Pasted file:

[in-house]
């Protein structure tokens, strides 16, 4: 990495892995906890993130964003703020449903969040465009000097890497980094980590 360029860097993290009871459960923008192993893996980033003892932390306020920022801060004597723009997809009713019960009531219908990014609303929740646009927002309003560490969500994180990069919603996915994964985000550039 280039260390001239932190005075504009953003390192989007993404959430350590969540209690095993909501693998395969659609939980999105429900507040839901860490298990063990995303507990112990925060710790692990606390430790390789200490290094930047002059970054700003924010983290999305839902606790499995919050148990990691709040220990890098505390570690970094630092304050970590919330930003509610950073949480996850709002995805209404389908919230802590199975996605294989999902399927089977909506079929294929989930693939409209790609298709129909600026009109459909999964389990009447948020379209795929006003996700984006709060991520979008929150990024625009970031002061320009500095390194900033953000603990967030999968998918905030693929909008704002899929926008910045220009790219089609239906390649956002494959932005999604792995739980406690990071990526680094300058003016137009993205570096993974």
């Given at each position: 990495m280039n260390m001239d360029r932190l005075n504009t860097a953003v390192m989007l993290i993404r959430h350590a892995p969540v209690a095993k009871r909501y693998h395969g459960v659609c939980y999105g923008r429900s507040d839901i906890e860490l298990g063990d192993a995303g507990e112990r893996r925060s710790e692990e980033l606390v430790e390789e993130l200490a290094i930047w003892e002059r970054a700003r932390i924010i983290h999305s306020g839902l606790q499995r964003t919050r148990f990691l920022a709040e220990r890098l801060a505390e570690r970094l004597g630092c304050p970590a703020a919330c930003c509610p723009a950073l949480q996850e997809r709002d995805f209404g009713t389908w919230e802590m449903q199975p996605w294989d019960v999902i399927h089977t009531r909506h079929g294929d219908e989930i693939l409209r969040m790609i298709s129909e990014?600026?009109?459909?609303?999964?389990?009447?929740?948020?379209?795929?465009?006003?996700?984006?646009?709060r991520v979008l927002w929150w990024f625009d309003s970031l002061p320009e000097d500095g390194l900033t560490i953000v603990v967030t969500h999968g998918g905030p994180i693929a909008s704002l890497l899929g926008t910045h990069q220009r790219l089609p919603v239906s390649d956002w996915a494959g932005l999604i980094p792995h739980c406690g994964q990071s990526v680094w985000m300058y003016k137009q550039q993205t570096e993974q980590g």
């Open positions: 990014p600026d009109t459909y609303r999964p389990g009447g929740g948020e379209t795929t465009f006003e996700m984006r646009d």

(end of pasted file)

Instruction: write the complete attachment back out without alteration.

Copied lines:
[in-house]
């Protein structure tokens, strides 16, 4: 990495892995906890993130964003703020449903969040465009000097890497980094980590 360029860097993290009871459960923008192993893996980033003892932390306020920022801060004597723009997809009713019960009531219908990014609303929740646009927002309003560490969500994180990069919603996915994964985000550039 280039260390001239932190005075504009953003390192989007993404959430350590969540209690095993909501693998395969659609939980999105429900507040839901860490298990063990995303507990112990925060710790692990606390430790390789200490290094930047002059970054700003924010983290999305839902606790499995919050148990990691709040220990890098505390570690970094630092304050970590919330930003509610950073949480996850709002995805209404389908919230802590199975996605294989999902399927089977909506079929294929989930693939409209790609298709129909600026009109459909999964389990009447948020379209795929006003996700984006709060991520979008929150990024625009970031002061320009500095390194900033953000603990967030999968998918905030693929909008704002899929926008910045220009790219089609239906390649956002494959932005999604792995739980406690990071990526680094300058003016137009993205570096993974």
């Given at each position: 990495m280039n260390m001239d360029r932190l005075n504009t860097a953003v390192m989007l993290i993404r959430h350590a892995p969540v209690a095993k009871r909501y693998h395969g459960v659609c939980y999105g923008r429900s507040d839901i906890e860490l298990g063990d192993a995303g507990e112990r893996r925060s710790e692990e980033l606390v430790e390789e993130l200490a290094i930047w003892e002059r970054a700003r932390i924010i983290h999305s306020g839902l606790q499995r964003t919050r148990f990691l920022a709040e220990r890098l801060a505390e570690r970094l004597g630092c304050p970590a703020a919330c930003c509610p723009a950073l949480q996850e997809r709002d995805f209404g009713t389908w919230e802590m449903q199975p996605w294989d019960v999902i399927h089977t009531r909506h079929g294929d219908e989930i693939l409209r969040m790609i298709s129909e990014?600026?009109?459909?609303?999964?389990?009447?929740?948020?379209?795929?465009?006003?996700?984006?646009?709060r991520v979008l927002w929150w990024f625009d309003s970031l002061p320009e000097d500095g390194l900033t560490i953000v603990v967030t969500h999968g998918g905030p994180i693929a909008s704002l890497l899929g926008t910045h990069q220009r790219l089609p919603v239906s390649d956002w996915a494959g932005l999604i980094p792995h739980c406690g994964q990071s990526v680094w985000m300058y003016k137009q550039q993205t570096e993974q980590g």
């Open positions: 990014p600026d009109t459909y609303r999964p389990g009447g929740g948020e379209t795929t465009f006003e996700m984006r646009d």